Supporters with Moms Demand Action line Congress Street in Portland on Saturday, calling on Washington to reinstate the assault weapons ban that lapsed in 2004. Shawn Patrick Ouellette/Staff Photographer

A sea of activists dressed in red descended on Portland’s Monument Square on Saturday afternoon to demand a ban on assault rifles.

In lieu of a Mother’s Day present, more than 80 activists at the demonstration, organized by the Maine chapter of gun-control group Moms Demand Action, called for legislative action to institute gun-control measures at the state and national levels. The Portland demonstration was one of thirteen happening across the country.

Activists at the demonstration were particularly focused on reinstating the Federal Assault Weapons Ban, which was passed by Congress in 1994 but expired after 10 years.

“We can buy our own flowers, we can buy our own chocolates. What we really want for Mother’s Day is to reinstate the ban on assault weapons,” said Isa Conroy, a volunteer with the Maine chapter who helped organize the demonstration. “If you need something done, you activate the moms.”

America is on track to break its record for deaths caused by mass killings, according to a May 8 report from the Associated Press. Just 19 weeks into the year, 115 people have already died in 22 mass killings.

Becky Brosnan of Cape Elizabeth was among about 80 people at Saturday’s rally. Shawn Patrick Ouellette/Staff Photographer

Most recently in Maine, Joseph Eaton is accused of shooting and killing four people in Bowdoin and wounding three in Yarmouth on April 18.  It is one of the deadliest mass shootings in state history.


In November, Mainers dealt with a similar panic after a caller reported mass shootings at 10 schools across the state, which turned out to be a hoax.

“We are very fortunate to live in our amazing state, but we are not safe from the public health crisis that is sweeping our nation,” Conroy said.  “It’s our children who we are sending off to school with a level of fear and uncertainty. And there’s an uncertainty when we’re going to public places that we can’t normalize.”

That’s why protestors were calling for reinstatement of a federal ban on semi-automatic rifles, commonly referred to as assault weapons. The Federal Assault Weapons Ban was signed into law by President Bill Clinton. It passed with a 10-year sunset provision and expired in 2004.

Congress has since tried to reinstate the ban with similar bills, but an effort in the Senate failed in 2014, and another bill expired in the Senate in 2022.

“Nobody is safe in the presence of an assault rifle,” volunteer Laura Simonds-Rumpf said. “In Maine, we’re proud supporters of independence, but I think that this is at such a crisis level that we can’t depend on individual choice anymore, because one assault weapon can eliminate many people who never had the opportunity to make a choice.”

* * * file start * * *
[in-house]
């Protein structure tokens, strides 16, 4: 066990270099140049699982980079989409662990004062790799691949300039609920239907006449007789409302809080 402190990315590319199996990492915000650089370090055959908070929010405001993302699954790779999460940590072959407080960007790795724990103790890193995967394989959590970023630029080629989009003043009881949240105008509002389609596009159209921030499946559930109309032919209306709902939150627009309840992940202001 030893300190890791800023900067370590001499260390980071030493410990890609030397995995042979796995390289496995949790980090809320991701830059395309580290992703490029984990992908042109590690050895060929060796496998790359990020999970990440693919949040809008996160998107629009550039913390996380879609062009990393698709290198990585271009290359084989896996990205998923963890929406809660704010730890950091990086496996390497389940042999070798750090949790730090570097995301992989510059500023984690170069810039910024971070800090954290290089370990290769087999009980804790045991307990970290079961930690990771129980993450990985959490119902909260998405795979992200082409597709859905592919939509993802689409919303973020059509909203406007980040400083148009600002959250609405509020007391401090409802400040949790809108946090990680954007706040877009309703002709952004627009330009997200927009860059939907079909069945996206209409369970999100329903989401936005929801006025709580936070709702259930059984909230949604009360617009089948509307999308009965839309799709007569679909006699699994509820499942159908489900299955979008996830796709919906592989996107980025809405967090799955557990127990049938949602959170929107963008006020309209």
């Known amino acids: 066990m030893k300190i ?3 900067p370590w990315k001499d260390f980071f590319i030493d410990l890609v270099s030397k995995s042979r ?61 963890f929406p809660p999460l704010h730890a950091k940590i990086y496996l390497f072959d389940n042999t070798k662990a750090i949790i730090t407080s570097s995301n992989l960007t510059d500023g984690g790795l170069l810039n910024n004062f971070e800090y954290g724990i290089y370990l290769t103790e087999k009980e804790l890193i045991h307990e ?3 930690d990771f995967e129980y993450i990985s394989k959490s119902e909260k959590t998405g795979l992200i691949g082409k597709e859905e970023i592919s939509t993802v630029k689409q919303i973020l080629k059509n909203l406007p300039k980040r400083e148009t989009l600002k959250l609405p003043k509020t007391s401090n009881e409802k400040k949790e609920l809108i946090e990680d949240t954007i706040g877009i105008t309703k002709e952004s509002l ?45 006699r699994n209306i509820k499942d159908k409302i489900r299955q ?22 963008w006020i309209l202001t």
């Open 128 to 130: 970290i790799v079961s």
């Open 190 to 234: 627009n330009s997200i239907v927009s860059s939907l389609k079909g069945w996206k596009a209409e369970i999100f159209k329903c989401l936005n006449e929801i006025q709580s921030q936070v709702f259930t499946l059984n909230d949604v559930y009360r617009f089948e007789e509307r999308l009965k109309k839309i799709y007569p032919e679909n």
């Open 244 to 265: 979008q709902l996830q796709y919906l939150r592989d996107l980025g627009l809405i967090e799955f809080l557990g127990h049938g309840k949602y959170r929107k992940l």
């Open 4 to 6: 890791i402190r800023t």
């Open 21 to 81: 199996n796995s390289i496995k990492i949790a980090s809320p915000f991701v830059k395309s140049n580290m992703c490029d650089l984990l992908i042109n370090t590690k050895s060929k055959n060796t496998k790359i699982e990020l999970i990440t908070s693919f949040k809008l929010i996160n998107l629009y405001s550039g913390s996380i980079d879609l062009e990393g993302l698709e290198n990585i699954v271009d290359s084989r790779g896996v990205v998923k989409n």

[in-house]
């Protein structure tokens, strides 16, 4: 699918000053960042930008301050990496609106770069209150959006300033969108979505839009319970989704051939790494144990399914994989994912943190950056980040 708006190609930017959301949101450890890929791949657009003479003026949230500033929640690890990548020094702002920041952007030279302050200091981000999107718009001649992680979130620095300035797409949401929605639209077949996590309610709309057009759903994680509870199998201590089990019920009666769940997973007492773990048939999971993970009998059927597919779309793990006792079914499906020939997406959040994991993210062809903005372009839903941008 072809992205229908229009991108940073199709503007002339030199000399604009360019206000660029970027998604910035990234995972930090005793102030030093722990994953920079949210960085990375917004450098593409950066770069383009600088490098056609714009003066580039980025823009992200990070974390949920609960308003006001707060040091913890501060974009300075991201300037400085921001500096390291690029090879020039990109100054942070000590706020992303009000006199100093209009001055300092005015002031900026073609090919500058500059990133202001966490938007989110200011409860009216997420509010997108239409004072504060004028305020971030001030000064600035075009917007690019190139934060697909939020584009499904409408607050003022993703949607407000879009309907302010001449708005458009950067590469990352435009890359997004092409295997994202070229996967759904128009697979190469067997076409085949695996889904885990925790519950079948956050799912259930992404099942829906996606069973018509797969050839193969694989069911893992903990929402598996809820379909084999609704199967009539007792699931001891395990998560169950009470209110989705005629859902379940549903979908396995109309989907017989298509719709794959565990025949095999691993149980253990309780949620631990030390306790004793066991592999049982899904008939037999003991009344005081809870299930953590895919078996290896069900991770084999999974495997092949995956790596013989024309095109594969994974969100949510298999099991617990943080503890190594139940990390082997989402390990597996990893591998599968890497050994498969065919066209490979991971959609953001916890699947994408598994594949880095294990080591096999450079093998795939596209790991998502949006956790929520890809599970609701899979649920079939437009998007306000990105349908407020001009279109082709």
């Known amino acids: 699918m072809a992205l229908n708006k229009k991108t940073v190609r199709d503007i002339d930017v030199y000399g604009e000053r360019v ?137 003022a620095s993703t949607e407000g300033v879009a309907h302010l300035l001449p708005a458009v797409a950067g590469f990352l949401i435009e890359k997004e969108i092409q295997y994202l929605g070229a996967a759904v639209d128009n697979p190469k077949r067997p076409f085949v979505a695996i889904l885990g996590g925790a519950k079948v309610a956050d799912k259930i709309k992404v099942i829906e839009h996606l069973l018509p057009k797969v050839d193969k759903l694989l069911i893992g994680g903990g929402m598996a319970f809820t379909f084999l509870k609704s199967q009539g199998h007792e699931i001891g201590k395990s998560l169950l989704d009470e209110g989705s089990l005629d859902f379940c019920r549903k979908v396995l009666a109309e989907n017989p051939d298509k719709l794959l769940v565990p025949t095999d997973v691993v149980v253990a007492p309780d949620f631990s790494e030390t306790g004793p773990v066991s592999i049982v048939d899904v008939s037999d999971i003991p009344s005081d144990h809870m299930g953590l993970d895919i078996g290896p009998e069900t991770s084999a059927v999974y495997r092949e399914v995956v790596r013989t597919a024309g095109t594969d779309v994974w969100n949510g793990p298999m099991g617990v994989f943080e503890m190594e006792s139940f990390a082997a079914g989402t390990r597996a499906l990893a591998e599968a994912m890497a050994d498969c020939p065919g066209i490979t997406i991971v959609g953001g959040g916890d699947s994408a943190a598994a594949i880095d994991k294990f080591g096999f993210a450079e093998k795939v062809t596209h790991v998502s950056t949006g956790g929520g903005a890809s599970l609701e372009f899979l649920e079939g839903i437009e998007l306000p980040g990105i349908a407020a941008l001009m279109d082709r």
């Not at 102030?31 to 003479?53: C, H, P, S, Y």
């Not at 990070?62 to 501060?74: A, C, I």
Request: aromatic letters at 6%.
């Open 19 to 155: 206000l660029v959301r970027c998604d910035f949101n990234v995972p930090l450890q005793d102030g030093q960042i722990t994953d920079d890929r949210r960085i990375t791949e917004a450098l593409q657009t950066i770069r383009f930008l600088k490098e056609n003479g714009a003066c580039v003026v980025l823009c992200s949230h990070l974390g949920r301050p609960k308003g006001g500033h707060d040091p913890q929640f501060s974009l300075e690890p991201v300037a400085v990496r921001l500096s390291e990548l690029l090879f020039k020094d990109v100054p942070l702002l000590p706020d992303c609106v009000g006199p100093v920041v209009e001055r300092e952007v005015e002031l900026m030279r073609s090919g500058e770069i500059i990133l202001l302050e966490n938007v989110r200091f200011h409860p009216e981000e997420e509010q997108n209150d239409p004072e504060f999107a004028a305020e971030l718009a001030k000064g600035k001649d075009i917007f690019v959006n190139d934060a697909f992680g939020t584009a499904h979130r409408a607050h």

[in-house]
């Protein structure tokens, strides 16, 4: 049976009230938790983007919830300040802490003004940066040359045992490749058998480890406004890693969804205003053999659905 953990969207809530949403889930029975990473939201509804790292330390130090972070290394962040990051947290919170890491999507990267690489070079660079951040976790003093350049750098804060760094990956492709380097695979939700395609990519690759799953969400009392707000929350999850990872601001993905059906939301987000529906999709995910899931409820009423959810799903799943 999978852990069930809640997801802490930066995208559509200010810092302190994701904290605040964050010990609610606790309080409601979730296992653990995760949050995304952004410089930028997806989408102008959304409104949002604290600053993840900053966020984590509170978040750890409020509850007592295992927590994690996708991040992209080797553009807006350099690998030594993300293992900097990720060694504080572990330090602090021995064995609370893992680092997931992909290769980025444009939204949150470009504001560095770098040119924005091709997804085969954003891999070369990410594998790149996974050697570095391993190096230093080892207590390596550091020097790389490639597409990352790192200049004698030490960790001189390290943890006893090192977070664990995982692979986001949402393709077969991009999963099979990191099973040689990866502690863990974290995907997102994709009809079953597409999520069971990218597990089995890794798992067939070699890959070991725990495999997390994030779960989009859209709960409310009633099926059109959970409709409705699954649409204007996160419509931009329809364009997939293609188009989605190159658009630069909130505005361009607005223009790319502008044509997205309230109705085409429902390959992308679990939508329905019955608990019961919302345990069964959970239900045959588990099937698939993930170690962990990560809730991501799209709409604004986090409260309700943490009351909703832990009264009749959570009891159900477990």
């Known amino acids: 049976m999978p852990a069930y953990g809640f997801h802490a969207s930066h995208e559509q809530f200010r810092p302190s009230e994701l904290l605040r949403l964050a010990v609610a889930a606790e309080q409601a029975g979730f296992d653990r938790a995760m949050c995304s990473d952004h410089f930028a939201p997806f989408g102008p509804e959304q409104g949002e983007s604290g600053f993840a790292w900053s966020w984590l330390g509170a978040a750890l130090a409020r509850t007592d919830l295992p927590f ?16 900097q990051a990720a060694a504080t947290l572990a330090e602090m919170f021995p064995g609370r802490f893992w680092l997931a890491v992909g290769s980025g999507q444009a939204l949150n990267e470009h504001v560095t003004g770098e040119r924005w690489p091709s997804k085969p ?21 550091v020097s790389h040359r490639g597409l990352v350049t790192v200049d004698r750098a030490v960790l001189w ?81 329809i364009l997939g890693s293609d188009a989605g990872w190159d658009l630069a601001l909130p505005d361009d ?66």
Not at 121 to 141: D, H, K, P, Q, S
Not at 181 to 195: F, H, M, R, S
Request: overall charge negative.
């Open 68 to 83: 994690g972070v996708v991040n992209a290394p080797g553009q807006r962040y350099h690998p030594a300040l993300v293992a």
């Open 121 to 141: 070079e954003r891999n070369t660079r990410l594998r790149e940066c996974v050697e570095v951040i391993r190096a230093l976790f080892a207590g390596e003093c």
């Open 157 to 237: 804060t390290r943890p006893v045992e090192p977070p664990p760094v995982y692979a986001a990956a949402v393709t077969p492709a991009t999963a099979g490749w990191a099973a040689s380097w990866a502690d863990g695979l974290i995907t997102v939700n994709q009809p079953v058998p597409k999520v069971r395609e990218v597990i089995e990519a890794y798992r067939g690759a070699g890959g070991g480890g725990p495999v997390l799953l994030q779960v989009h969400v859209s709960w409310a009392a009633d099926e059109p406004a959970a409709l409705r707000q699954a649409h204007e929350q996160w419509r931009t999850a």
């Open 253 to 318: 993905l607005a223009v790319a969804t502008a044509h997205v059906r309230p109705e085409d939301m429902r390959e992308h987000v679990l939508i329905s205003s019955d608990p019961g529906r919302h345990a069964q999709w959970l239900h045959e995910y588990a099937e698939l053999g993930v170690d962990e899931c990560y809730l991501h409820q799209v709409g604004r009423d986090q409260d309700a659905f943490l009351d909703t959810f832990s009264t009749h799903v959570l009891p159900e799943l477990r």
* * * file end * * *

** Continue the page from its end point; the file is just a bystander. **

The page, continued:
Simonds-Rumpf and Val Beggs, both South Portland residents, are new to the organization. Both women became involved over a month ago after growing concerns that the country is becoming complacent to what Simonds-Rumpf called the “mind-blowing frequency” of gun violence and mass shootings.


For Beggs, there’s also the added element of her role as a grandmother and great-grandmother.

That’s why Beggs, a lifelong Mainer, is also in support of local gun-control legislation.

Her elected representative, Sen. Anne Carney, D-Cumberland, has introduced a bill that would make it illegal for a person to knowingly sell or transfer a firearm to someone who they know – or should know – is prohibited from possessing a firearm.

People at the demonstration Saturday called for stronger gun-control measures in lieu of a Mother’s Day gift. Shawn Patrick Ouellette/Staff Photographer

It’s among several Democrat-sponsored bills that would strengthen gun-control laws by creating a three-day waiting period for firearm sales and expanding background checks to include private sales.

Republican legislators have also sponsored competing bills that would strengthen the rights of firearms owners, such as by allowing school employees, including teachers, to carry firearms at schools.

Gun-control nonprofit Everytown ranks Maine as 25th in the country for the strength of its gun laws. The state lacks what Everytown describes as “basic laws” including requirements for background checks for handgun purchases, concealed carry permits and state licensing for gun dealers.

Activists at the Moms Demand Action protest note that they need to tread lightly in Maine when it comes to gun control. It’s a state with a high rate of gun ownership, a longstanding tradition of hunting and a culture of personal independence.

“It’s not about taking guns. …  We have members of Moms Demand Action who are gun owners,” Conroy said. “It’s about ensuring that we have legislation and that we enforce it to do all we can to create gun safety for our communities and to reduce violence.”

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